Peace on Earth
The last voluminous book about the adventures of Ijon Tichy tells a story that takes place in a near future. Earthly superpowers send their arsenals and arms factories to the Moon, so that they can evolve there by themselves, leaving the Earth in a state of peace and welfare. The fear of what had been born from these arsenals forces international organizations to send Ijon Tichy in a secret mission to the Moon. Once there, the protagonist suffers from a strange accident: his brain becomes callotomized, i.e. the two hemispheres of his brain are separated. Tichy – in his psychical duality – becomes a puzzle to himself and his environment; he is also a deponent of a mystery he remains unaware of, desired by all intelligence services of the world.
Stanislaw Lem 1921-2006
Lem is both a polymath and a virtuoso storyteller and stylist. Put them together and they add up to a genius... He has been steadily producing fiction that follows the arcs and depths of his learning and a bewildering labyrinth of moods and attitudes. Like his protagonists, loners virtually to a man, his fiction seems at a distance from the daily cares and passions, and conveys the sense of a mind hovering above the boundaries of the human condition: now mordant, now droll, now arcane, now folksy, now skeptical, now haunted and always paradoxical. Yet his imagination is so powerful and pure that no matter what world he creates it is immediately convincing because of its concreteness and plentitude, the intimacy and authority with which it is occupied... read Lem for yourself. He is a major writer, and one of the deep spirits of our age.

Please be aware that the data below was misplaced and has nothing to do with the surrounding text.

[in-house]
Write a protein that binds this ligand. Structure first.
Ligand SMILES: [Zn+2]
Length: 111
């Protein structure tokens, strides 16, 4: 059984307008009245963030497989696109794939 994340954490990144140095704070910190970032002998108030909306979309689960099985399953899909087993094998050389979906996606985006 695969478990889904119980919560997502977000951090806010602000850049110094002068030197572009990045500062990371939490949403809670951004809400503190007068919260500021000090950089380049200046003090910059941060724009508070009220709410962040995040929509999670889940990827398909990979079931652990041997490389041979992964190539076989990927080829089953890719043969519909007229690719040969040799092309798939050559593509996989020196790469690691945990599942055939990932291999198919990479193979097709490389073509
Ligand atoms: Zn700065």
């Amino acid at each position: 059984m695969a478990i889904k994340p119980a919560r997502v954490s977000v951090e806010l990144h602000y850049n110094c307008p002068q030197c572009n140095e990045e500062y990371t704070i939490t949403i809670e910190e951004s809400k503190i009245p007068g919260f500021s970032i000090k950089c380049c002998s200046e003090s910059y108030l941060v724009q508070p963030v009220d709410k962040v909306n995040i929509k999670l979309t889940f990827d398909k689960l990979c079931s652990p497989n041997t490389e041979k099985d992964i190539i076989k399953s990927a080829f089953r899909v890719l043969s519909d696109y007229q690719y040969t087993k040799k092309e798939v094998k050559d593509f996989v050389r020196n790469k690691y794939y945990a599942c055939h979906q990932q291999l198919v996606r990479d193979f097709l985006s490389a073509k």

Theodore Solotaroff "The New York Times Book Review"
A brilliant trip back to the technological future
It is amazing how much Lem got right, or even predicted. This ranges across artificial intelligence, the theory of search engines (he called it “ariadnology”), bionics, virtual reality (“phantomatics”), technological singularity and nanotechnology.
Simon Ings "New Scientist"